Centre identifies 10 labs for monitoring genomic variations in Sars-CoV-2
The Centre has identified 10 advanced regional laboratories to serve as regional hub laboratories for genome sequencing as part of its surveillance strategy to monitor the genomic variations in the Sars-Cov-2 virus that causes coronavirus disease (Covid-19). The union health ministry’s guidance document on genomic sequencing released on Monday.
The ministry has also established Indian Sars-CoV-2 Genomics Consortium (INSACOG) which will oversee the surveillance work on a regular basis and also assist in developing potential vaccines in future.
All the genomic sequencing data will be maintained in a national database at two sites, National Institute of Biomedical Genomics, Kalyani (West Bengal), and Institute of Genomics and Integrative Biology, New Delhi.
Apart from ascertaining the current status of the new variant of Sars-Cov-2 virus, the project also aims to establish sentinel surveillance for early detection of genomic variants with public health implications and to determine genomic variants in unusual events or trends such as super-spreader events.
While it is known and expected that viruses constantly mutate leading to the emergence of new variants, preliminary analysis based on epidemiological and mathematical models in the UK suggests that this variant is significantly more transmissible than previously circulating variants, with an estimated potential to increase the reproductive number (R0) by 0.4 or greater with an estimated increased transmissibility of up to 70%.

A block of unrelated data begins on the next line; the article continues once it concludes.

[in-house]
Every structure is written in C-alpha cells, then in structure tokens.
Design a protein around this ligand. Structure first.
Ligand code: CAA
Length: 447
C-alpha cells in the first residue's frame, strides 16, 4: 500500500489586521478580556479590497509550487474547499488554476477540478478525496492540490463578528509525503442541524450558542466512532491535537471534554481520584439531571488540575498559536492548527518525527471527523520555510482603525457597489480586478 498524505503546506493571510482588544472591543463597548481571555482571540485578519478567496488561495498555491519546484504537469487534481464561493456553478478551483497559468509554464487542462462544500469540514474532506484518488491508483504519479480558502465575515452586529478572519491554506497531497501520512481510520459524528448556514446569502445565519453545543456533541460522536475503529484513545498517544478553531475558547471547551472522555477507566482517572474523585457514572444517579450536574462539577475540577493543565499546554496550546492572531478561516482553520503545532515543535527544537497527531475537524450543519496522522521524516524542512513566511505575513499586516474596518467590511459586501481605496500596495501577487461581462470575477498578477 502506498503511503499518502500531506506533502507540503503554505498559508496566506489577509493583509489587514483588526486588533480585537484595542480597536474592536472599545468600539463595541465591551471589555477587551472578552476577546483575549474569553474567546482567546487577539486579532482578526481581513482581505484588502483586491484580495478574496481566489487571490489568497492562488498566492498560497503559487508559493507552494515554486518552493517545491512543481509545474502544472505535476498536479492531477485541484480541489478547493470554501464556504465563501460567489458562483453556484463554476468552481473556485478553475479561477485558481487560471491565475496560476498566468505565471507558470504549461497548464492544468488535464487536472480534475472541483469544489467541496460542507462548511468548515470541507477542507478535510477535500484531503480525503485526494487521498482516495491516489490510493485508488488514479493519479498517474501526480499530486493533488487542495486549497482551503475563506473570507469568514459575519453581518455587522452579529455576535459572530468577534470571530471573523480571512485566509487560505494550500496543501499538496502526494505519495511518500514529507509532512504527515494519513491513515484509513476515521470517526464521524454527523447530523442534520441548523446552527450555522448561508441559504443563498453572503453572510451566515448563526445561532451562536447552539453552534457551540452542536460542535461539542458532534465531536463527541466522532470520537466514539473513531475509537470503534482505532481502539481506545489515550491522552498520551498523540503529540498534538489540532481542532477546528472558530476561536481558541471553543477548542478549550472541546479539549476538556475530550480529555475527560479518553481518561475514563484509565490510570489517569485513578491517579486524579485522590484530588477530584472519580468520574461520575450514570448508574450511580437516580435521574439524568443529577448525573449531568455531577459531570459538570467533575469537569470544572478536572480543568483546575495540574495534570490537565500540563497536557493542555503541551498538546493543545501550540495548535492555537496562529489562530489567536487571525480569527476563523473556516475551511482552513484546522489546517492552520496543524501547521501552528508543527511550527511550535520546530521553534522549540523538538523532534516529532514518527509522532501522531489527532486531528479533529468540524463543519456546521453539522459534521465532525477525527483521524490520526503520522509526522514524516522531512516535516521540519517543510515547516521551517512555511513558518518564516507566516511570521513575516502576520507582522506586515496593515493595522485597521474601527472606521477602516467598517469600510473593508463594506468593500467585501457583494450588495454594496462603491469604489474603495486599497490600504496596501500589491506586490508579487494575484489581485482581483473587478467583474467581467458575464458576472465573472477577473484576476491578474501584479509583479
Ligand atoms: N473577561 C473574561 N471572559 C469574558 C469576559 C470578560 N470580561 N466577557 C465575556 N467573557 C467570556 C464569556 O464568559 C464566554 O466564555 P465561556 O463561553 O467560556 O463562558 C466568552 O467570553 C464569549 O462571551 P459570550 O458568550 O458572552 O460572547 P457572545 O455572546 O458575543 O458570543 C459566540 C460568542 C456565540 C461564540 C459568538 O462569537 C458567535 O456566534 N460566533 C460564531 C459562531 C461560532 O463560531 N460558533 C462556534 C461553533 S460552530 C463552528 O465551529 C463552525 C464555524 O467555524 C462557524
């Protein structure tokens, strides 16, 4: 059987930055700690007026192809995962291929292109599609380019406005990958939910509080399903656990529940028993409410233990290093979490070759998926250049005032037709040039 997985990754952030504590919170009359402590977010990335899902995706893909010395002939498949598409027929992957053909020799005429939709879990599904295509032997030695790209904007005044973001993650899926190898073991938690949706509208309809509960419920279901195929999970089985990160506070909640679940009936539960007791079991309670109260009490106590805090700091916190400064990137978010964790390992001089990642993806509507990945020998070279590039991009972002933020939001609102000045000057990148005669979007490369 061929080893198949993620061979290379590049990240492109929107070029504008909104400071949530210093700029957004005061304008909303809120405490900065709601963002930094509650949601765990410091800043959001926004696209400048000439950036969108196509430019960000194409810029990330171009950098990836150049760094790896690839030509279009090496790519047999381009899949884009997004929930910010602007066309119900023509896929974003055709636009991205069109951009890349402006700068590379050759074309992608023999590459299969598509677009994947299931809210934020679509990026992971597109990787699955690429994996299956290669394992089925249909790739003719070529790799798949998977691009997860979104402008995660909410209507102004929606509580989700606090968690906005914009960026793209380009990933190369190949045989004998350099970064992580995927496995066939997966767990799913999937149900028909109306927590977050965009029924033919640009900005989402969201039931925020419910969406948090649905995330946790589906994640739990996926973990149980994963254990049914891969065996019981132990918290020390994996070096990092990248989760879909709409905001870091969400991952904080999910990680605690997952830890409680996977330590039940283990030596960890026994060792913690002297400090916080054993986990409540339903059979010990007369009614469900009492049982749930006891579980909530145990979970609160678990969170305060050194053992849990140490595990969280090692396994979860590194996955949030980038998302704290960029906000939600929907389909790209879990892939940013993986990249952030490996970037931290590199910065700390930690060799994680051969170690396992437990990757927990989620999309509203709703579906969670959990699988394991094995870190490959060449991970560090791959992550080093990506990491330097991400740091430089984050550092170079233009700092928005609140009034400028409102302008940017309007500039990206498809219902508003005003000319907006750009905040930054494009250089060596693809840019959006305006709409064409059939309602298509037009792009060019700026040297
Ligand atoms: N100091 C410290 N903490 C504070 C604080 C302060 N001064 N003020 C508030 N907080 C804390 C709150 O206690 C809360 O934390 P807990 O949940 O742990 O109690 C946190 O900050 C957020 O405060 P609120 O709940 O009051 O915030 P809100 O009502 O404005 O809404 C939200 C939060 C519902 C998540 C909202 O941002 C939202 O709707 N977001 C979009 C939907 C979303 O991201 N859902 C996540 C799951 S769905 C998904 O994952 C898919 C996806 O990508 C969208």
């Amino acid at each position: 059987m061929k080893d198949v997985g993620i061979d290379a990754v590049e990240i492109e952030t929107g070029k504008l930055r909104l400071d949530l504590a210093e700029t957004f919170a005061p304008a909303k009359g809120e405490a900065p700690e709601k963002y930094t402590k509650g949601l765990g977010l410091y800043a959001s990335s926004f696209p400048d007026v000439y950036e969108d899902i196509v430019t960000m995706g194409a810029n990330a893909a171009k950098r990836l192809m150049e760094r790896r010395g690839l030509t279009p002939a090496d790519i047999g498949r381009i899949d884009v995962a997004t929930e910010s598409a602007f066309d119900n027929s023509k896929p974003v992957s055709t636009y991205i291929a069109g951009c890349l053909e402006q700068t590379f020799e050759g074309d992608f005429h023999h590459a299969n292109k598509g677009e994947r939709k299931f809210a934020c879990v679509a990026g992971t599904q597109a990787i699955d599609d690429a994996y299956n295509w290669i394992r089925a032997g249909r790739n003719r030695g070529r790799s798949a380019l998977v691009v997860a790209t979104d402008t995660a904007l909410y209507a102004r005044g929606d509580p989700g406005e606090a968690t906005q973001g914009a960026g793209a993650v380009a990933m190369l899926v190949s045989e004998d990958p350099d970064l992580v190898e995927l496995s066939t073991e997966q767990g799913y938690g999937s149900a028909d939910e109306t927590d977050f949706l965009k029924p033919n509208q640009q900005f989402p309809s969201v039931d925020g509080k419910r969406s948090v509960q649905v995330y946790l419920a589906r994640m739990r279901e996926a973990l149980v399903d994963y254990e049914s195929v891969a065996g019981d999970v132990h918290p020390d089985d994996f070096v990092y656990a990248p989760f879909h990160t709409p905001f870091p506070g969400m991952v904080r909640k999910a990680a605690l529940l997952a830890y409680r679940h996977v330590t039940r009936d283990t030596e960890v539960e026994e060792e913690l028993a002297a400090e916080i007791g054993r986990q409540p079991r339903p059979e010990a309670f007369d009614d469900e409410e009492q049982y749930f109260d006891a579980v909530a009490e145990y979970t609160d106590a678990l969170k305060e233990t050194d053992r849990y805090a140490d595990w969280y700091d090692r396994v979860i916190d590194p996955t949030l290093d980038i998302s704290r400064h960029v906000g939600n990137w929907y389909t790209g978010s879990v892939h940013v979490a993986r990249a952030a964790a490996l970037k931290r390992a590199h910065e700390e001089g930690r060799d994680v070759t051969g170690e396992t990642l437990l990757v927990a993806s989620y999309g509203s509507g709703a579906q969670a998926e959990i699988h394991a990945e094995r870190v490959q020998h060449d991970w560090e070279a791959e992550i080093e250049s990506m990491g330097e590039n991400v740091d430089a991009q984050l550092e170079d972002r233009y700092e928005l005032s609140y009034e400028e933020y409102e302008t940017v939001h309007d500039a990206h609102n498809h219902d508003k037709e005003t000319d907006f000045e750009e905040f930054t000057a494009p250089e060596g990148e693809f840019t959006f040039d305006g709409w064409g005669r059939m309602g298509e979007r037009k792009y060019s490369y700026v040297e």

However, there is no experimental evidence or indication at this point of increased infection severity associated with the aforementioned new variant. Also, few cases with the new variant have to date been reported by Denmark, Netherlands and Australia.
Belgium has also reported the new UK variant of Sars-Cov-2, according to some unconfirmed reports.
“Also, very recent media reports revealed the emergence of a second variant in UK (contacts with travellers from South Africa) and a third variant in Nigeria, suggesting continuous virus evolution,” said the health ministry document.
“In case the UK variant or any other variant mutation is detected in any sample, it will be sent to any of the two notified Covid virus repositories at RCB, Faridabad or NIV, Pune for isolating and culturing. This can then be shared as per notified guidelines for development of assays, which will help in validation of diagnostics and also testing of the vaccines under development…,” it said.
National Centre for Disease Control’s nodal unit will maintain a database of all samples of the new variants of public health significance. The data will be epidemiologically analysed, interpreted and shared with states for investigation, contact tracing and planning response strategies.